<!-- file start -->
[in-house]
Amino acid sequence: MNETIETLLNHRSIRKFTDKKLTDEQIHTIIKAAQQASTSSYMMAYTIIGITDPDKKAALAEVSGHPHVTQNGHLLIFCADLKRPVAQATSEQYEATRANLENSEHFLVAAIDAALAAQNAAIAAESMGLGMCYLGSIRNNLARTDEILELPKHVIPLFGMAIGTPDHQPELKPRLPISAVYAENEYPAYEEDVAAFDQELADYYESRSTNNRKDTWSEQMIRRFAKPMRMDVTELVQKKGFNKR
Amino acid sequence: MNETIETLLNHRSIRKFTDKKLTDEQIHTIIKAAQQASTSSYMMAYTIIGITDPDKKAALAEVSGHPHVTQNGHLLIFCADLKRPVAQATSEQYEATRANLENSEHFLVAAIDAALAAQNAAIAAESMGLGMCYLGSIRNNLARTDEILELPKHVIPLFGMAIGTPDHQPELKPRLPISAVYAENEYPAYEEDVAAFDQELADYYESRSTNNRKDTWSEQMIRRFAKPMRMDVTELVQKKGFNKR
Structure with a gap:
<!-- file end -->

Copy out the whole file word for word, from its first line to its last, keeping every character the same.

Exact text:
[in-house]
Amino acid sequence: MNETIETLLNHRSIRKFTDKKLTDEQIHTIIKAAQQASTSSYMMAYTIIGITDPDKKAALAEVSGHPHVTQNGHLLIFCADLKRPVAQATSEQYEATRANLENSEHFLVAAIDAALAAQNAAIAAESMGLGMCYLGSIRNNLARTDEILELPKHVIPLFGMAIGTPDHQPELKPRLPISAVYAENEYPAYEEDVAAFDQELADYYESRSTNNRKDTWSEQMIRRFAKPMRMDVTELVQKKGFNKR
Amino acid sequence: MNETIETLLNHRSIRKFTDKKLTDEQIHTIIKAAQQASTSSYMMAYTIIGITDPDKKAALAEVSGHPHVTQNGHLLIFCADLKRPVAQATSEQYEATRANLENSEHFLVAAIDAALAAQNAAIAAESMGLGMCYLGSIRNNLARTDEILELPKHVIPLFGMAIGTPDHQPELKPRLPISAVYAENEYPAYEEDVAAFDQELADYYESRSTNNRKDTWSEQMIRRFAKPMRMDVTELVQKKGFNKR
Structure with a gap: